|LETTER TO EDITOR
|Year : 2019 | Volume
| Issue : 3 | Page : 1048-1049
Ipsilateral two spontaneous chronic calcified epidural hematoma
Sheikhoo Bishnoi1, Ishu Bishnoi2, Nisha Gahlawat2, Vikram Saini3
1 Department of Psychiatry, Maharaja Agrasen Medical College, Hisar, Haryana, India
2 Department of Neurosurgery, Maharaja Agrasen Medical College, Hisar, Haryana, India
3 Department of Surgery, Maharaja Agrasen Medical College, Hisar, Haryana, India
|Date of Web Publication||2-Aug-2019|
Department of Neurosurgery, Maharaja Agrasen Medical College, Agroha, Hisar - 125 047, Haryana
Source of Support: None, Conflict of Interest: None
|How to cite this article:|
Bishnoi S, Bishnoi I, Gahlawat N, Saini V. Ipsilateral two spontaneous chronic calcified epidural hematoma. Asian J Neurosurg 2019;14:1048-9
A 12-year-old child presented with a complaint of headache and vomiting following fall from bike, 2 days ago. Computed tomography (CT) head revealed acute on chronic calcified epidural hematoma (EDH) at the right frontal and parietal region with dilated ventricles and no midline shift [Figure 1]. The child improved on conservative treatment. His mental and neurological functions were normal, and there was no papilledema. He had a history of tubercular meningitis and hydrocephalus at the age of 4 years. Shunt surgery was advised then but refused by parents. There was no history of significant head injury or coagulation disorder. Magnetic resonance imaging brain confirmed the findings and showed blood of various stages [Figure 2]a, [Figure 2]b, [Figure 2]c, [Figure 2]d. The maximum thickness of hematoma was 4.7 cm. He has been on a regular follow-up. At follow-up after 1 month, he showed neither any recurrence of previous symptoms nor of neurological deterioration. At follow-up after 3 months, the patient was not harboring any symptoms. His NCCT head [Figure 3] head revealed disappearance of smaller EDH (frontal) and reduction in the size of parietal larger EDH (size 2.4 cm).
|Figure 1: (a) Non-contrast CT head showing single chronic calcified EDH with some acute blood (b) NCCT head showing both chronic EDH at right frontal and parietal region, calcification and acute bleed in both|
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|Figure 2: (a) T1 axial magnetic resonance imaging brain showing various stages of blood in chronic epidural hematoma along with compressed ipsilateral cerebral hemisphere and chronically dilated left lateral ventricle (old meningitic hydrocephalus sequelae); (b) T2 axial image showing various stages of blood in epidural hematoma and cerebrospinal fluid cleft at the edges of both epidural hematomas; (c and d) T2 sagittal and coronal cut showing degree of compression on the right hemisphere and no midline shift or tentorial herniation|
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|Figure 3: Noncontrast computed tomography head after 3 months of conservative treatment showing disappearance of anterior smaller epidural hematoma and significant reduction of larger epidural hematoma|
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The patient's parents gave informed consent for patient's data publication. We took approval from ethical committee at our institute.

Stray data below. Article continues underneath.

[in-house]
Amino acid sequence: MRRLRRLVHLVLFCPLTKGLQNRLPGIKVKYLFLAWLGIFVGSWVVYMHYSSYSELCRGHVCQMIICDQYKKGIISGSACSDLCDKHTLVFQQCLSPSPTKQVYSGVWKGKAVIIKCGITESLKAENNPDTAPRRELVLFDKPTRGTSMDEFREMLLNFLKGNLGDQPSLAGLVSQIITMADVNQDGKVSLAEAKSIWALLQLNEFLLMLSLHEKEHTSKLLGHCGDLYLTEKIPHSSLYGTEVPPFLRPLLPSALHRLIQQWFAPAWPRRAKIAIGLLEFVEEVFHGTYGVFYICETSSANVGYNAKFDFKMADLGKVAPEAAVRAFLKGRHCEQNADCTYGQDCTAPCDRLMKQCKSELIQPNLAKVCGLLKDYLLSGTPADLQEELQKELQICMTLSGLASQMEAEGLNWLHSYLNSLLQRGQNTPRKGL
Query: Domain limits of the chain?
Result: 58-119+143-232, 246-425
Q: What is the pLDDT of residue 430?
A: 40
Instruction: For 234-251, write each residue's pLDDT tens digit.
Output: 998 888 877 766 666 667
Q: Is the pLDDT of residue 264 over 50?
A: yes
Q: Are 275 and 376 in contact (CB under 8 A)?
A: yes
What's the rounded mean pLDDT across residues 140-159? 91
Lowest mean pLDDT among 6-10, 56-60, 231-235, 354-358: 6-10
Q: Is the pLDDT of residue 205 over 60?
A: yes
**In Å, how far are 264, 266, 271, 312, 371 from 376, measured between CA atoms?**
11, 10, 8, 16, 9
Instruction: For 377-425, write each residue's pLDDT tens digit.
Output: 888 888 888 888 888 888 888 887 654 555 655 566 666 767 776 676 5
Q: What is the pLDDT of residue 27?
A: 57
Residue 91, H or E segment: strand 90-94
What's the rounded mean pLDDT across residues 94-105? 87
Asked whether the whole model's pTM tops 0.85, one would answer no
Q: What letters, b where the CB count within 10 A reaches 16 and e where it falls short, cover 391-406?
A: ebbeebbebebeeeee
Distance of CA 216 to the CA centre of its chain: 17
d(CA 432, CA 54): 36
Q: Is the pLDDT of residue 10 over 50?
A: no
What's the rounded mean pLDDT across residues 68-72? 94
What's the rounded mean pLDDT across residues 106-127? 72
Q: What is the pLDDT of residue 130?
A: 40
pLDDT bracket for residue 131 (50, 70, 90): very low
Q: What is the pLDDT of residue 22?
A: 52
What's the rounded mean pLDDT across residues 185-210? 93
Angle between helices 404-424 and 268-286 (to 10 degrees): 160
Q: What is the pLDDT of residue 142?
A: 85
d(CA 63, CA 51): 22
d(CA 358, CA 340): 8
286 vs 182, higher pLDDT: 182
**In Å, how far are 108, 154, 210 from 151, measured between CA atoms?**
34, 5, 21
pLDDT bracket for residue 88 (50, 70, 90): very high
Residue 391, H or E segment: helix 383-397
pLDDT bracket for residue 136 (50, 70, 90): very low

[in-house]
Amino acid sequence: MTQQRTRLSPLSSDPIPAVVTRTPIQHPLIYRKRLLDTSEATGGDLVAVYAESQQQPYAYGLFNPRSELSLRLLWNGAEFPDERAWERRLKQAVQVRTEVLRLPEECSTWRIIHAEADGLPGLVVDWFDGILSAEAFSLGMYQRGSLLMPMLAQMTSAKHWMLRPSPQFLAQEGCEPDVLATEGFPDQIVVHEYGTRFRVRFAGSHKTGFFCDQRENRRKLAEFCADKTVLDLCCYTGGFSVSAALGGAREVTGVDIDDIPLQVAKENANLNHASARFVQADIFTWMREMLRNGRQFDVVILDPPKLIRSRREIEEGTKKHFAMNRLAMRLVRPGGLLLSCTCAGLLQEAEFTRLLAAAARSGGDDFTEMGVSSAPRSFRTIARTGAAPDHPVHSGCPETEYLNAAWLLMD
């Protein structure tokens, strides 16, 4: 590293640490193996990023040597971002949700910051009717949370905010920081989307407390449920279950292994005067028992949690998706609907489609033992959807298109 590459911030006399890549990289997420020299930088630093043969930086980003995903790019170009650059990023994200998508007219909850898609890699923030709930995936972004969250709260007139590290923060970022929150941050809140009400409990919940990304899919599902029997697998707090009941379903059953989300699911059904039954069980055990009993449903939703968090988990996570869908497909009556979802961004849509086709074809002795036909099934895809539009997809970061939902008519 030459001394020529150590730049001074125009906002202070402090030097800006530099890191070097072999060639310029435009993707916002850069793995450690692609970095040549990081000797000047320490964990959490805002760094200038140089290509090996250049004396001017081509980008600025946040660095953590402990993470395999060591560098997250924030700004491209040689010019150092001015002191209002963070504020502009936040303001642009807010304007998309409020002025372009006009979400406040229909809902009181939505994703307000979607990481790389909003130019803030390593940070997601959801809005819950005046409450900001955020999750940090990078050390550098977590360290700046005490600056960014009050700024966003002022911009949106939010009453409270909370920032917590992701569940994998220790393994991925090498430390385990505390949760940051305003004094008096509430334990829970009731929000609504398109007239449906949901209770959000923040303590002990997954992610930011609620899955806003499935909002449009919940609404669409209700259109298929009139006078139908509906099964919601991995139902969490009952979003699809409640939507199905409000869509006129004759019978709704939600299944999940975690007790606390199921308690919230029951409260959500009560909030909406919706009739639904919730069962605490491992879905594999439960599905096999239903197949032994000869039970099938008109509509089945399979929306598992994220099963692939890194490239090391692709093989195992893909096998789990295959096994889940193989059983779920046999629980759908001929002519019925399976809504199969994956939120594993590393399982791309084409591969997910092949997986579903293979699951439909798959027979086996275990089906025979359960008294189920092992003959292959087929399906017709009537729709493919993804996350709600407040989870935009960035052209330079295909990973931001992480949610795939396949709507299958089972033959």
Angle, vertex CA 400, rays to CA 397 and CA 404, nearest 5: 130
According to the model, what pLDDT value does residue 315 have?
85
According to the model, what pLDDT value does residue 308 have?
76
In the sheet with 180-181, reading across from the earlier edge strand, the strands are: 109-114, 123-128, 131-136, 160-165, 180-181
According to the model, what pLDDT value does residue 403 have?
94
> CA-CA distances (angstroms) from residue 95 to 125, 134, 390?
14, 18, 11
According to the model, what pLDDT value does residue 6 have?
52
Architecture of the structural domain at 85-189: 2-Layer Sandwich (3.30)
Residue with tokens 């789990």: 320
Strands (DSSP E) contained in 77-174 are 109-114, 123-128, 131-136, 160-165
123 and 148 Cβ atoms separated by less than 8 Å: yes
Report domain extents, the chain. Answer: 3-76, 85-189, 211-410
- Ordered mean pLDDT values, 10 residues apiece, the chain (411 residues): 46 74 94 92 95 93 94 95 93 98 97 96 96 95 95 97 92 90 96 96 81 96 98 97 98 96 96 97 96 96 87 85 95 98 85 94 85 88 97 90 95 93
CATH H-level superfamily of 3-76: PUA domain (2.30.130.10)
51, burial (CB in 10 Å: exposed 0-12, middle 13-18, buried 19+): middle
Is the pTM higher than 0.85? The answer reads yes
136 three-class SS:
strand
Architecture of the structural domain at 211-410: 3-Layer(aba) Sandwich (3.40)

Chronic EDH is a rare type of bleed. It has been mostly reported in the younger age group.
The probable hypothesis is the presence of lax adhesions between the dura and the calvarium. The blood products cause inflammatory reaction that may be the probable cause of calcification. In children, EDH is mostly of venous origin, and venous blood takes longer time to accumulate in adequate volume to cause significant mass effect. That is, why children present with chronic EDH and symptoms of headache and seizures rather than acute deterioration in consciousness. The probable mechanism of calcification in chronic subdural hematoma (CSDH) is the persistence of blood product leading to fibroblasts activity and secretion of local factors which cause calcification. The calcification usually takes around 6 months to form in a CSDH.
The occurrence of two or more EDHs on the same side is quite rare, and there is a single case report of two chronic EDHs on the same side. Our case is second such case of multiple EDH on the same side.
Furthermore, expansion of an EDH may also result from repeated bleeding from the inner table of the skull or due to oozing from the dural surface veins. In our case, rebleed occurred after trauma. Such episodes may cause deterioration and needs surgical decompression. This case had no midline shift. Observation trial showed significant radiological improvement.
The management guidelines for chronic EDH are not defined due to lack of large cohorts. According to Sinha and Borkar, conservative management of EDH is not always effective in children and serial CT head is mandatory if planning conservative management. Urgent evacuation of EDH should be considered for children with progressive neurological deterioration. We think that the management strategy should be similar to chronic calcified subdural hematoma as both are chronic and calcified and have a membrane separating from the brain. That's why surgery may be considered if there are acute deterioration, mass effect, and no resolution of hematoma on conservative management. The conservative treatment and observation may be tried if there is no mass effect.
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Conflicts of interest
There are no conflicts of interest.
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[Figure 1], [Figure 2], [Figure 3]